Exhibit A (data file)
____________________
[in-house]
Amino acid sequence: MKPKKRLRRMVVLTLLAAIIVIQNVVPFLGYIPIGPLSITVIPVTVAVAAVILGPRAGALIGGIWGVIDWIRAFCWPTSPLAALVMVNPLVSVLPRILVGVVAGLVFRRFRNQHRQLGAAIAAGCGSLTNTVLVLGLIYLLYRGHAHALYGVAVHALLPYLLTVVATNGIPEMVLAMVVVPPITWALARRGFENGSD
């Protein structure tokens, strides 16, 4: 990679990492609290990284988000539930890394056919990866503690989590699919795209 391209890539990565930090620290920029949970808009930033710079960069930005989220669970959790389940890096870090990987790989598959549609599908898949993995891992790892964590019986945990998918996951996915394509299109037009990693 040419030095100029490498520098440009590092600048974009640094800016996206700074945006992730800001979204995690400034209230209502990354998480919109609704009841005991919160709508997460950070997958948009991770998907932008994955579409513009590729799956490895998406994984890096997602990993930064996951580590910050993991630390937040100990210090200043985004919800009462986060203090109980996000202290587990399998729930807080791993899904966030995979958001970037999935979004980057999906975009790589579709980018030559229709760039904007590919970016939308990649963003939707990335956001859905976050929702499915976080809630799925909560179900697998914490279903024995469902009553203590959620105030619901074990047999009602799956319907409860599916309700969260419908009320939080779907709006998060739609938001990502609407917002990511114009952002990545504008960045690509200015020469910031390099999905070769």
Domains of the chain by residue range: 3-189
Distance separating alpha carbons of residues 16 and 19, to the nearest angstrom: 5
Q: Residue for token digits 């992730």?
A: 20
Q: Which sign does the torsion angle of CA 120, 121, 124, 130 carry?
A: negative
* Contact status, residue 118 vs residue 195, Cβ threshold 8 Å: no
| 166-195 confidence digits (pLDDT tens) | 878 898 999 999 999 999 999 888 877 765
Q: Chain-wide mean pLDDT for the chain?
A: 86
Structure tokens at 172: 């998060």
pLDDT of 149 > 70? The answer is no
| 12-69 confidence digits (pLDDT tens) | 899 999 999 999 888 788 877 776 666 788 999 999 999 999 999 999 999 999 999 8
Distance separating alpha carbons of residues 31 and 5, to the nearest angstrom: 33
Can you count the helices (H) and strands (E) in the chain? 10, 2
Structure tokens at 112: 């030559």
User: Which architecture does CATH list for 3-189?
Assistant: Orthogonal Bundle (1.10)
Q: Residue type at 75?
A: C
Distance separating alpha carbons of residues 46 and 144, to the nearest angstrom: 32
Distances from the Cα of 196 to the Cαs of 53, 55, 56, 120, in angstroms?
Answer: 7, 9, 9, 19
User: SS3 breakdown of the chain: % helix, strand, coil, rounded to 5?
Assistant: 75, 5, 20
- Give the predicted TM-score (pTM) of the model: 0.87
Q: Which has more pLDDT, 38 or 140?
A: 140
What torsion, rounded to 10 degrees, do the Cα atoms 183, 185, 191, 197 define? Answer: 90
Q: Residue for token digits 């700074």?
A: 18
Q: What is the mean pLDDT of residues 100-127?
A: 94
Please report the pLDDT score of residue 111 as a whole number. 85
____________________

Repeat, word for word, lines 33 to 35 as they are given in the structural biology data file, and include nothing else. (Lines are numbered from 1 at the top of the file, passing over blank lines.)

Q: Residue for token digits 């700074």?
A: 18
Q: What is the mean pLDDT of residues 100-127?